People try to keep the lines moving fast, so there’s not a ton of time to just sit around and chat. Polite comments are welcome, gushing about how the book changed your life might be OK in the right circumstances, an attempt at an actual conversation exceeding the amount of time it takes to sign your 3 books will be met with glares from everyone waiting in line.

DO: Sample the delightful macaroons from the French lady down the street

This is not a paid advertisement, but MAN are her macaroons good. Plus, there’s the delightful smell of the shop, and her Parisian air of glaring at every customer like they’re stealing her livelihood merely by being in the shop. It’s got great atmosphere, and better baked goods. You really should go there.

DON’T: Be that person who takes the last raspberry one

Looking at you, whoever did that two years ago. *glares*. (Actually it was our line minion, Bess, from year one and she gave us a bite each.) HOWEVER, that being said, there are plenty of really fantastic restaurants and shops in the area of YALLfest, so you should definitely seek out the gelato place and take advantage of these places for breakfast/lunch/dinner/snacks.

DO: Attend some author panels

I love the author panels, personally. I think it’s a nice way to get some insights into the brain of some of these people, as well as a way to get some writing tips from the pros. Also, it’s really cool to realise how much of a community all of these people are, and how comfortable they are in each other’s presence. I highly recommend going to at least one author panel.

DON’T: Feel like you have to attend them all 

One or two panels are fantastic, but I find that after a while they get somewhat boring–plus, then you’re missing out on all of the other joys of YALLfest, like the signings and the macaroons and such. Pick the ones which most interest you, and leave it at that.

DO: Plan your day 

I am fortunate that Emily is really religious about this, and keeps me on track. Whenever we get the full schedule we figure out which panels we want to attend, which signings and where, what time we’re going to eat lunch, whether there are any conflicts and whether or not people want to do different things. It makes things so much easier, and gives you a better chance of accomplishing everything you want to.

DON’T: Think it’s going to be perfect 

Because it’s not going to be perfect. You might wait an hour in line to see Meg Cabot and not get books signed by her. You might forget how important lunch is until you’re hungry enough to commit murder. You and your friend might have serious disagreements over how important Meg Cabot was to your respective childhoods. Things happen. But dealing with setbacks responsibly is one of the hallmarks of adulthood–at least, I suppose it is.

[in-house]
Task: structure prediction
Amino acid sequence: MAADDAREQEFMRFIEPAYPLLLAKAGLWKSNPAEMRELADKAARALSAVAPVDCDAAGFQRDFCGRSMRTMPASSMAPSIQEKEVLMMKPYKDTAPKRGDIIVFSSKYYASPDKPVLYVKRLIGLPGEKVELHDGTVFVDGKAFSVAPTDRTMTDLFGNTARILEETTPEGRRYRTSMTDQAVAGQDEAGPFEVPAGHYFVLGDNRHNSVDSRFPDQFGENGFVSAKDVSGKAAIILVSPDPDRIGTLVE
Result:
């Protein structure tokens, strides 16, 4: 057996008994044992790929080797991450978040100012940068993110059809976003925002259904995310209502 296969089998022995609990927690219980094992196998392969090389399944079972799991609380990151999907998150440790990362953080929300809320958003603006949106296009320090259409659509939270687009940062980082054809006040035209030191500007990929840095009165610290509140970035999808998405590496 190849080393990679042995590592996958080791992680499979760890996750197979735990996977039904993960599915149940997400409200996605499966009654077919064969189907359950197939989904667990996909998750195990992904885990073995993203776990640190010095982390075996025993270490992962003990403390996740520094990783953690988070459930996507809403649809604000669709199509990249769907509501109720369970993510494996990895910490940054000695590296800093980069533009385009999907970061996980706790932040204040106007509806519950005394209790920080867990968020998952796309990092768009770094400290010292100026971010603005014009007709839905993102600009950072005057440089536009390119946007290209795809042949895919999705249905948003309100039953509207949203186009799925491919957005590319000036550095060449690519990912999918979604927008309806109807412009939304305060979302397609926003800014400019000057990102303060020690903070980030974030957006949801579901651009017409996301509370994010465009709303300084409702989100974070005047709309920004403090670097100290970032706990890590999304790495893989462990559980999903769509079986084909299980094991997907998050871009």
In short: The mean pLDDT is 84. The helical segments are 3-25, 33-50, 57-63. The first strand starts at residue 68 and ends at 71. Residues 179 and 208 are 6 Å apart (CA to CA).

DO: Bring friends/minions to help you

Friends are good. Friends who also like books are good. Friends who like books a little but are willing to come along with you, listen patiently to your rant about why Evie is the most annoying character in Lair of Dreams and hold your books when you have to pee are worth their actual weight in gold. Bring plenty of those kinds of friends. BONUS: They can help you circumvent the 3-book rule!

DON’T: Forget to buy them a thank-you macaroon

Because, really, they have put up with you for a long car trip, a sleepover-style confess-all evening, a desperate search for coffee, a freakout over the fact that Libba Bray acknowledged your existence, several hours of standing around in line, and they have probably gotten most of your Brandon Sanderson collection signed for you. The LEAST you can do for them is buy them a macaroon.

DO: Have fun and rock out to Tiger Beat! 

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Comments · 3

  1. This may be an incredibly silly question but I’ll ask anyway.

    Hopefully, this year will be my first time attending YALLfest and I was wondering what address you ladies input into the good ol’ GPS?

    1. No problem and it is not a stupid question at all! I usually put in the address for the Charleston visitor’s center. (it is 375 meeting street, Charleston, SC 29403, if you are on an Iphone it should pop up as Charleston Visitor’s Center and Bus Shed, this is not the EXACT location of the parking deck but it should get you close enough that you can navigate your way there.) This is the parking deck that I’ve utilized every year I’ve gone and has a max of $16 per day (it is extremely convenient if you have a lot of books you don’t want to carry around all day, you just make trips back to exchange books). It is very close to Blue Bicycle Books (you just head past the visitor’s center, which has restrooms, IMPORTANT, and on the opposite side should be John St, where the macaroon shop is (there is also a Hampton Inn), and then head right (if you are facing the Hampton Inn) towards King St and Blue Bicycle and all your bookish dreams!)
      All the best and hope to see you there!

      1. Thank you very much!!! I’m extremely excited to go and experience YALLfest for the first time since my good friend told me about it last year!